Remember the Cyber-Safety Help Button? You might remember it as Conroy's Big Red Button that when pushed, directed kids to a website that told them how to stay safe online. It was a poorly thought out initiative to say the least, but wait until you hear what the Department of Broadband, Communications and the Digital Economy did next.
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Late last week I was perusing the Coalition's plan for child safety online. It's a rigid document that proposes strict plans for pursuing court action against cyberbullies, and a proposal that would see age-appropriateness ratings and classifications slapped onto mobile phone products. Respectfully, I would like to label this plan as a load of tosh. I liked Australia better when our politicians didn't care about technology. Here's why.
One of the joys of being a contractor is the freedom to work from the comfort of your own home, or local cafe, or other random location, without having to commute to an office. And that sense of freedom is something that Comms minister Stephen Conroy was trying to teach to businesses as he announced National Telework week for later this year.
The federal government made its position on an R18+ rating for video games quite clear last year in the lead up to the December 10 SCAG meeting. But David Ramli at ARN managed to get Communications Minister Stephen Conroy to personally endorse the rating, although his reasons for supporting it leave a bittersweet taste in the mouth.
Last year, our broadband leader Senator Stephen Conroy confessed that his daughter had locked him out of his iPhone. It seems the younger Conroy is continuing to be a digital thorn in her father's side, and has now taken to messing with his alarm clock.
Just before the election the government's proposed internet filter was postponed until next year, in what was widely regarded as a quick and easy way for the government to kill off a controversial election topic. But it didn't die. Now John Hilvert at ITNews is reporting that a strategy brief from the DBCDE is stating that the legislation couldn't be introduced to parliament until the middle of 2013.
David Ramli over at ARN managed to score some one-on-one time with the Communications Minister in the final run up to the election, in which Senator Conroy made a rather startling admission.
There are only two more sleeps until we all hunch over our cardboard cubicles and scrawl numbers on a sheet of paper to determine who will lead the country for the next few years. And while the internet filter may not be as big a concern given the Coalition's position on blocking any filter legislation, it's still part of Labor's policy and something you'll need to think about as you head to the polls. If you need a refresher of why internet filtering is a bad idea, look no further.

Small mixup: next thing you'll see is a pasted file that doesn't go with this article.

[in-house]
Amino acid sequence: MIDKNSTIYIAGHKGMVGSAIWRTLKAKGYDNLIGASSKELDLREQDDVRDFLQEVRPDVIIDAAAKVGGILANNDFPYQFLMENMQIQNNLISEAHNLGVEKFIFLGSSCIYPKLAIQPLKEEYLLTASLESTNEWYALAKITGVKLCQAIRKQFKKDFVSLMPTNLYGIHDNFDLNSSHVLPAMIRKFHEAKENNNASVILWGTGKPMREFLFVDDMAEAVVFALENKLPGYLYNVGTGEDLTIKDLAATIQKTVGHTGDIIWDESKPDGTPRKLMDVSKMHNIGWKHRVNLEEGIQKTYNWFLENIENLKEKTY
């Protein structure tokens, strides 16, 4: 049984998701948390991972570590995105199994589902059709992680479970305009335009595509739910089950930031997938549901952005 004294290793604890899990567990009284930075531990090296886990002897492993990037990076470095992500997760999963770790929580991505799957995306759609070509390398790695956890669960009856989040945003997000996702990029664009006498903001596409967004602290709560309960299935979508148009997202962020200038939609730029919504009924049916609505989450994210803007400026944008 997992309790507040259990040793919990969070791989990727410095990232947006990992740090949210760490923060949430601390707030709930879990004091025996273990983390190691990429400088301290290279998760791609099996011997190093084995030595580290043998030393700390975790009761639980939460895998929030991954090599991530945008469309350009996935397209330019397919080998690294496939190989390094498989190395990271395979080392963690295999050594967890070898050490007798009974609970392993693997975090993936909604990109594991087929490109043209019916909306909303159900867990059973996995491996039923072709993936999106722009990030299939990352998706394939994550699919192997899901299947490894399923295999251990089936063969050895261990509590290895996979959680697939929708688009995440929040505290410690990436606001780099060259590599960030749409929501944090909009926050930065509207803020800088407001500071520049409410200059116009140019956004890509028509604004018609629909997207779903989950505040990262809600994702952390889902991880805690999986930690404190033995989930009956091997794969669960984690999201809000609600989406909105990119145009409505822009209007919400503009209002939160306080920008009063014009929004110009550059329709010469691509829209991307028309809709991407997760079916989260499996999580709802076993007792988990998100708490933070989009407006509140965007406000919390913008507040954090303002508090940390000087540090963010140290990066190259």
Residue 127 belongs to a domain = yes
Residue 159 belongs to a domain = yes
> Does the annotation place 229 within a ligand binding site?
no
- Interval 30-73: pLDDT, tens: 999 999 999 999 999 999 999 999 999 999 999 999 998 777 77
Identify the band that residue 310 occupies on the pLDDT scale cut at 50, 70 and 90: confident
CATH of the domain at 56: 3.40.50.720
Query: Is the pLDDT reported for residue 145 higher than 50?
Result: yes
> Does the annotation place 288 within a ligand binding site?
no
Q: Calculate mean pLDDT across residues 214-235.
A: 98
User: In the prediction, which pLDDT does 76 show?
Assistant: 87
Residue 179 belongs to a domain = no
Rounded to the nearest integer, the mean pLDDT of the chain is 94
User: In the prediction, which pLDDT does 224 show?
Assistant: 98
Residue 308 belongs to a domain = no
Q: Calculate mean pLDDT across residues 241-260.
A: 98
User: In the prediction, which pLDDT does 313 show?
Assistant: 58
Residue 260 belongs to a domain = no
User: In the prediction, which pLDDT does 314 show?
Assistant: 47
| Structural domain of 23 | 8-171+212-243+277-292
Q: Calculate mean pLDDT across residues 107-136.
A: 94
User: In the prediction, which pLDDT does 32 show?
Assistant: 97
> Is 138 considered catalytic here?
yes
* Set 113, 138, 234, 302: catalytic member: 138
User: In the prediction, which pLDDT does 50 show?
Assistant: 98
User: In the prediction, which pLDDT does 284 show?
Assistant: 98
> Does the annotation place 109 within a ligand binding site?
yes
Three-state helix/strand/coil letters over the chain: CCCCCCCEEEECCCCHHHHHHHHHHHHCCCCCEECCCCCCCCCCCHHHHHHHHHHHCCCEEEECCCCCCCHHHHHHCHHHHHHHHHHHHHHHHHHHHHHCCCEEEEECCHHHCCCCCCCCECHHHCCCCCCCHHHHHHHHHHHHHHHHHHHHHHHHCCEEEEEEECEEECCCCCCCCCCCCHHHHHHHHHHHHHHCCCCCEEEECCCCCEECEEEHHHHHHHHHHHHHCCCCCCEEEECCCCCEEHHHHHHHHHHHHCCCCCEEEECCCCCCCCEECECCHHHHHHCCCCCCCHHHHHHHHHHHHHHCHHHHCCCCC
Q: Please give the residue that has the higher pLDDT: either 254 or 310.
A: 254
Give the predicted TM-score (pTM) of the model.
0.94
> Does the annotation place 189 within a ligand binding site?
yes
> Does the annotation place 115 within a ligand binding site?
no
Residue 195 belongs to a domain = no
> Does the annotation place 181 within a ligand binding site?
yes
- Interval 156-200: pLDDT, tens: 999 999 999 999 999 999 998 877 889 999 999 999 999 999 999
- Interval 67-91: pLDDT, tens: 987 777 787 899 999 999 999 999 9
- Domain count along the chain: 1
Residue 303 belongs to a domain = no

Next Tuesday, August 10 at 1pm, Stephen Conroy, Tony Smith and Scott Ludlam will be debating IT and communications policy at the National Press Club. The event will be broadcast on Sky News, and we'll be liveblogging it here on Gizmodo, so you can see what party has the best interests of the tech community in mind at this years election.
There's been a number of comments circulating online that a vote for the Greens in the upcoming election is a vote for Conroy, due to the recently announced preferences deal between the Greens and Labor. Unfortunately there seems to be some misunderstanding how the electoral system for the Senate works, because nothing could be further from the truth. Here's why.
You'd be forgiven for thinking, were you to spend a bit of time reading through a Twitter search for the term "Conroy" today, that the plan for mandatory ISP level filtering was scrapped. It's not. It's been delayed and there are some changes that have been announced for greater transparency, but the government's policy for cyber safety is still the same as it was yesterday: mandatory filtering for everybody.
As part of Senator Conroy's announcement that the government is delaying the implementation of its incredibly narrow minded internet filter, he announced that large ISPs would be voluntarily blocking child porn and child abuse websites.
Stephen Conroy held a press conference this morning around the future of the Cyber safety policy. According to tweets from Crikey's Bernard Keane, that means putting it off for 12 months while the classification system gets an overhaul.
It's been nearly three years since the Labor government was elected, and for almost the entire time they have been pushing their plan to censor Australians' internet connections. The debate has been highly controversial from day one. Many people expected that the Government would back away from their plans once they realised how unworkable and contentious they were, but at every step of the way they have pushed ahead with renewed enthusiasm.